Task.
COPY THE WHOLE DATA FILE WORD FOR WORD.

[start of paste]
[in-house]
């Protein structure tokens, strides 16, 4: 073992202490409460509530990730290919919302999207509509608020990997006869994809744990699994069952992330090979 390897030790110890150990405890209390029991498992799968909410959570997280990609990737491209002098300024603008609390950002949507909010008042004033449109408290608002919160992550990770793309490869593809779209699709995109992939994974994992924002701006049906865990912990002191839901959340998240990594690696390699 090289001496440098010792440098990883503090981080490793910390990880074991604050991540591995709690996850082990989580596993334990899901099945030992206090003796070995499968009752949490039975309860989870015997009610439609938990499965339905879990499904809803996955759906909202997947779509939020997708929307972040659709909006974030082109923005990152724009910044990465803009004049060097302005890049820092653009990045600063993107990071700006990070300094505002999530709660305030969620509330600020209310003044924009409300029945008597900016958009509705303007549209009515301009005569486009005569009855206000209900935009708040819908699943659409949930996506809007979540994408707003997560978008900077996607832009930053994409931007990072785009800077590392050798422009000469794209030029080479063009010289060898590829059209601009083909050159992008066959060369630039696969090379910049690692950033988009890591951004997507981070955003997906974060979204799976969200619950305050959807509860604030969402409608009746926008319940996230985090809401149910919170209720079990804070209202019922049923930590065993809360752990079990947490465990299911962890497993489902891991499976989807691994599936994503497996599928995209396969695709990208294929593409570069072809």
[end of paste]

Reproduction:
[in-house]
């Protein structure tokens, strides 16, 4: 073992202490409460509530990730290919919302999207509509608020990997006869994809744990699994069952992330090979 390897030790110890150990405890209390029991498992799968909410959570997280990609990737491209002098300024603008609390950002949507909010008042004033449109408290608002919160992550990770793309490869593809779209699709995109992939994974994992924002701006049906865990912990002191839901959340998240990594690696390699 090289001496440098010792440098990883503090981080490793910390990880074991604050991540591995709690996850082990989580596993334990899901099945030992206090003796070995499968009752949490039975309860989870015997009610439609938990499965339905879990499904809803996955759906909202997947779509939020997708929307972040659709909006974030082109923005990152724009910044990465803009004049060097302005890049820092653009990045600063993107990071700006990070300094505002999530709660305030969620509330600020209310003044924009409300029945008597900016958009509705303007549209009515301009005569486009005569009855206000209900935009708040819908699943659409949930996506809007979540994408707003997560978008900077996607832009930053994409931007990072785009800077590392050798422009000469794209030029080479063009010289060898590829059209601009083909050159992008066959060369630039696969090379910049690692950033988009890591951004997507981070955003997906974060979204799976969200619950305050959807509860604030969402409608009746926008319940996230985090809401149910919170209720079990804070209202019922049923930590065993809360752990079990947490465990299911962890497993489902891991499976989807691994599936994503497996599928995209396969695709990208294929593409570069072809």